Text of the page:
Devo (Nicolas Graebling of Rock On Wall and family/Courtesy Sleeveface)

Sleeveface has been around for a while now — there’s even a paperback book of the best images — but it has received renewed attention after being featured on Buzzfeed. The photos work like this: Take your favorite album, and put yourself in a scene resembling its cover. This could mean dressing up like David Bowie, or sitting by the ocean like Boz Scaggs. Then, line up your album cover, click and submit. It’s a fun challenge for photography nerds and music fans alike.

It also falls in step with what other photobloggers are doing at Dear Photograph and Looking Into the Past, which I featured in an August Style story. Jason Powell of Looking Into the Past attributed it to a nostalgia for a pre-digital era.

“I think because everything’s becoming so digital now, that physical photographs — actual pictures — are so cool to look at,” said Taylor Jones, founder of Dear Photograph. “It’s the fascination that people have with old trends becoming new . . .we wish we could live in that old age when there wasn’t any technology.”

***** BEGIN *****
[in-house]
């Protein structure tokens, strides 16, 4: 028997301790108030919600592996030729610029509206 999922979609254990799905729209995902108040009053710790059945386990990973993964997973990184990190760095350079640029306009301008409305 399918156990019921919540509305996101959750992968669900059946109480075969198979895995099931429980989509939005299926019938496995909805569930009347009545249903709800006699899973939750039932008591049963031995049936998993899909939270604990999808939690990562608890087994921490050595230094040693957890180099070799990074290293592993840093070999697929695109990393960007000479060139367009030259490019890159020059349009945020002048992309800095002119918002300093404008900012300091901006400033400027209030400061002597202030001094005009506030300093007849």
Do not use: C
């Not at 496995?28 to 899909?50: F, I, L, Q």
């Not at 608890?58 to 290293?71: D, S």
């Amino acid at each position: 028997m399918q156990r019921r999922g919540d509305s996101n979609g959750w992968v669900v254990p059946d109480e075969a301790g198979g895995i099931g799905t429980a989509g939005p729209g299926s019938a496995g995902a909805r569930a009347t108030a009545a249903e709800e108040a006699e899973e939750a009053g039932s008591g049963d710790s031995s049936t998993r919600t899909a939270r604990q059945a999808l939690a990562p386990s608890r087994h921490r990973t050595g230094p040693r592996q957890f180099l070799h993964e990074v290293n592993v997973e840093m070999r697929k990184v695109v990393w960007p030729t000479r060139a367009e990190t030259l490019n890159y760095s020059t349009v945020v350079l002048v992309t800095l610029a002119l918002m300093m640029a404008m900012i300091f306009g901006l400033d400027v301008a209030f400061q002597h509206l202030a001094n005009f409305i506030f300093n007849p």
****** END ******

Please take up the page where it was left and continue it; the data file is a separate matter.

Carl Morris, who runs Sleeveface with John Rostron, thinks that a sense of loss comes with the technological gains in digital photography and music.

“A lot of these ideas are related to time and memories. I think the digital era makes us think about time in new ways,” Morris said. “Photographs connected to music, experiences, memories and so on are always with us, on the web and in our pockets.”

Just as physical photographs have become more interesting, album covers hold the same intrigue. In 20 years, we won’t be able to do the same visual trick with an MP3 jpeg, after all.

Want to dig through your own dusty pile of records? Any image can be a photo-within-a-photo, as long as it is cropped tightly enough that it can be anchored to a scene beyond the borders of the photo. But having a good record collection with gems such as these certainly helps.

Kraftwerk (Christophe Gowans/Courtesy Sleeveface)